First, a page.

Splunk® Enterprise

Search Reference

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delta

Description

Computes the difference between nearby results using the value of a specific numeric field. For each event where field is a number, the delta command computes the difference, in search order, between the field value for the event and the field value for the previous event. The delta command writes this difference into newfield.

If the newfield argument is not specified, then the delta command uses delta(field).

If field is not a number in either of the two values, no output field is generated.

Note: The delta command works on the events in the order they are returned by search. By default, the events for historical searches are in reverse time order from new events to old events. Values ascending over time show negative deltas. For real-time search, the events are compared in the order they are received. In the general case, the delta could be applied after any sequence of commands, so there is no input order guaranteed. For example, if you sort your results by an independent field and then use the delta command, the produced values are the deltas in that specific order.

Syntax

delta (<field> [AS <newfield>]) [p=int]

Required arguments

field
Syntax: <field-name>
Description: The name of a field to analyze.

Optional arguments

newfield
Syntax: <string>
Description: Write output to this field.
Default: delta(field-name)
p
Syntax: p=<int>
Description: Specifies how many results prior to the current result to use for the comparison to the value in field in the current result. The prior results are determined by the search order, which is not necessarily chronological order. If p=1, compares the current result value against the value in the first result prior to the current result. If p=2, compares the current result value against the value in the result that is two results prior to the current result, and so on.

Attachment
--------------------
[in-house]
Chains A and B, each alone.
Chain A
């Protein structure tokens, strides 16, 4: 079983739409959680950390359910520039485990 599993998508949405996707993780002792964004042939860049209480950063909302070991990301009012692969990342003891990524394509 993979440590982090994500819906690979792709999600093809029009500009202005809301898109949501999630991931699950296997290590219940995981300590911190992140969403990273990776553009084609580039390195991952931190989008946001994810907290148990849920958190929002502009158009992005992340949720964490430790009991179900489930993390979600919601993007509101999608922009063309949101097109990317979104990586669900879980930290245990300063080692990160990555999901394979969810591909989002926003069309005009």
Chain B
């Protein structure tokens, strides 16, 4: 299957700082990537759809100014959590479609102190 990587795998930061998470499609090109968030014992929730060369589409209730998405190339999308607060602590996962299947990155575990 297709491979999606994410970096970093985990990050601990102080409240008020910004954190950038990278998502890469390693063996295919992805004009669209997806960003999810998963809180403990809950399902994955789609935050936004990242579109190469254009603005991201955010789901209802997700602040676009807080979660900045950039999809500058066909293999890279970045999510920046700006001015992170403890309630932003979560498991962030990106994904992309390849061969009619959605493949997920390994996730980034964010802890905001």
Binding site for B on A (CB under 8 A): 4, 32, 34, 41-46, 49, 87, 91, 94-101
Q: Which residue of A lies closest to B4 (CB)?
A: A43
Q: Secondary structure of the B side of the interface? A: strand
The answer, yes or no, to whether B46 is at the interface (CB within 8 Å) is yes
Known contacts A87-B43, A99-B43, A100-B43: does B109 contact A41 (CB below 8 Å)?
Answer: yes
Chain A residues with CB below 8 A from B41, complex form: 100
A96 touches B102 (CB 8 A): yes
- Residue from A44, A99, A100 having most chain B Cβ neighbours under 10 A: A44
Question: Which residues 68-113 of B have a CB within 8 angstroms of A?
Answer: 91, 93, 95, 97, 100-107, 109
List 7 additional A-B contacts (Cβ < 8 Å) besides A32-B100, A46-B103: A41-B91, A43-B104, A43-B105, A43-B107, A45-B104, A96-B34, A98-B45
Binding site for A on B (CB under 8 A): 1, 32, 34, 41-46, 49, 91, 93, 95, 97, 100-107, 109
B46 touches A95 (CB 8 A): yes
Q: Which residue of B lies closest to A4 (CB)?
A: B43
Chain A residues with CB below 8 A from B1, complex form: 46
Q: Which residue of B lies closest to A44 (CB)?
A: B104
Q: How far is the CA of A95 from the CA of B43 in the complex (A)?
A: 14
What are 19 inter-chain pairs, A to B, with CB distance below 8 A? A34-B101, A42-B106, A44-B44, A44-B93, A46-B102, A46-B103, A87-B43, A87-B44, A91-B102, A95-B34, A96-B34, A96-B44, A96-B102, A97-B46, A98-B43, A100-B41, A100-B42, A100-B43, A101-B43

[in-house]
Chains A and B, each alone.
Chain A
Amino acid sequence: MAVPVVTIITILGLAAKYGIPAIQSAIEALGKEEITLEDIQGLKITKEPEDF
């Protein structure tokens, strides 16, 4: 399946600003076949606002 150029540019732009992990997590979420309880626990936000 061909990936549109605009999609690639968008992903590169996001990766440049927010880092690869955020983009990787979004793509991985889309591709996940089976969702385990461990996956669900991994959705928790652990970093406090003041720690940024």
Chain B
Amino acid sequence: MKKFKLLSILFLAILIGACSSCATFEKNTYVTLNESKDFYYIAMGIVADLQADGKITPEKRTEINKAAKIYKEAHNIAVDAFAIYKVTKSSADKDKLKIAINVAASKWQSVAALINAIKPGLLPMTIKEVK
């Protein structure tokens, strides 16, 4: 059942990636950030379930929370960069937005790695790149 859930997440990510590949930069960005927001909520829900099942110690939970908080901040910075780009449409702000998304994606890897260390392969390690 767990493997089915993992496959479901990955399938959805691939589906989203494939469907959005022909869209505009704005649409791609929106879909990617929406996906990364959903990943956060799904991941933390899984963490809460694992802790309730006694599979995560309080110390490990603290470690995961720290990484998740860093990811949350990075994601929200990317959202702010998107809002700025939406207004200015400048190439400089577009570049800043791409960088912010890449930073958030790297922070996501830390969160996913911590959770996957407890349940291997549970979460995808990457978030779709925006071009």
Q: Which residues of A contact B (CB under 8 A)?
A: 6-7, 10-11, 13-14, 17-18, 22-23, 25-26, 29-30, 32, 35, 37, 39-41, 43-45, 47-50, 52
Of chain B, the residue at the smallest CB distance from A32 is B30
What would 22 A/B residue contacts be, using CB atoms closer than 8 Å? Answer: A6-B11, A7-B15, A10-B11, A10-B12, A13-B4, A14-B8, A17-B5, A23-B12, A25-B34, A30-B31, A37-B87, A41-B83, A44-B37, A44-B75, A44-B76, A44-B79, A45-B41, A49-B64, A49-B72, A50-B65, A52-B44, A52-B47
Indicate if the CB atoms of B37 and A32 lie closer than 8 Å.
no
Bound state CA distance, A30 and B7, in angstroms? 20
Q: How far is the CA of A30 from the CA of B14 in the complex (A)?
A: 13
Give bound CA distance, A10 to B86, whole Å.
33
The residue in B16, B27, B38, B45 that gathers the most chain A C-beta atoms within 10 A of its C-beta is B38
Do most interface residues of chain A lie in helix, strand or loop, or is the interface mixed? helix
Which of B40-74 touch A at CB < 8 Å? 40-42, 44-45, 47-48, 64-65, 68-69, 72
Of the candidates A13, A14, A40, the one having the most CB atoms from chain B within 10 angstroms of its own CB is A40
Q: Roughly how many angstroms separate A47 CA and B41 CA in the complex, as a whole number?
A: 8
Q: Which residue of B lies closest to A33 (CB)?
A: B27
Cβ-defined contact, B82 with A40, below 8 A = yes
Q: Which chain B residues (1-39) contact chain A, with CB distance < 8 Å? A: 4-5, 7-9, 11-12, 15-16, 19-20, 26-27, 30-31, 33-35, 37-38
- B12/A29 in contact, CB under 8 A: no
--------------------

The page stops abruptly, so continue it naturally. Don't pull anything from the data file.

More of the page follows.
Default: 1

Basic examples

1. Calculate the difference in activity

With the logs from a cable TV provider, sourcetype=tv, you can analyze broadcasting ratings, customer preferences, and so on. Which channels do subscribers watch the most, activity=view, and how long do the subscribers stay on those channels?

sourcetype=tv activity="View" | sort - _time | delta _time AS timeDeltaS | eval timeDeltaS=abs(timeDeltaS) | stats sum(timeDeltaS) by ChannelName

2. Calculate the difference between that current value and the 3rd previous value

Compute the difference between current value of count and the 3rd previous value of count and store the result in the default field, delta(fieldname), which in this example is delta(count).

... | delta count p=3

3. Calculate the difference between that current value and the previous value and rename the result field

For each event where 'count' exists, compute the difference between count and its previous value and store the result in the field countdiff.

... | delta count AS countdiff

Extended examples

1. Calculate the difference in the number of purchases between the top 10 buyers

This example uses the sample data from the Search Tutorial but should work with any format of Apache web access log. To try this example on your own Splunk instance, you must download the sample data and follow the instructions to get the tutorial data into Splunk. Use the time range Yesterday when you run the search.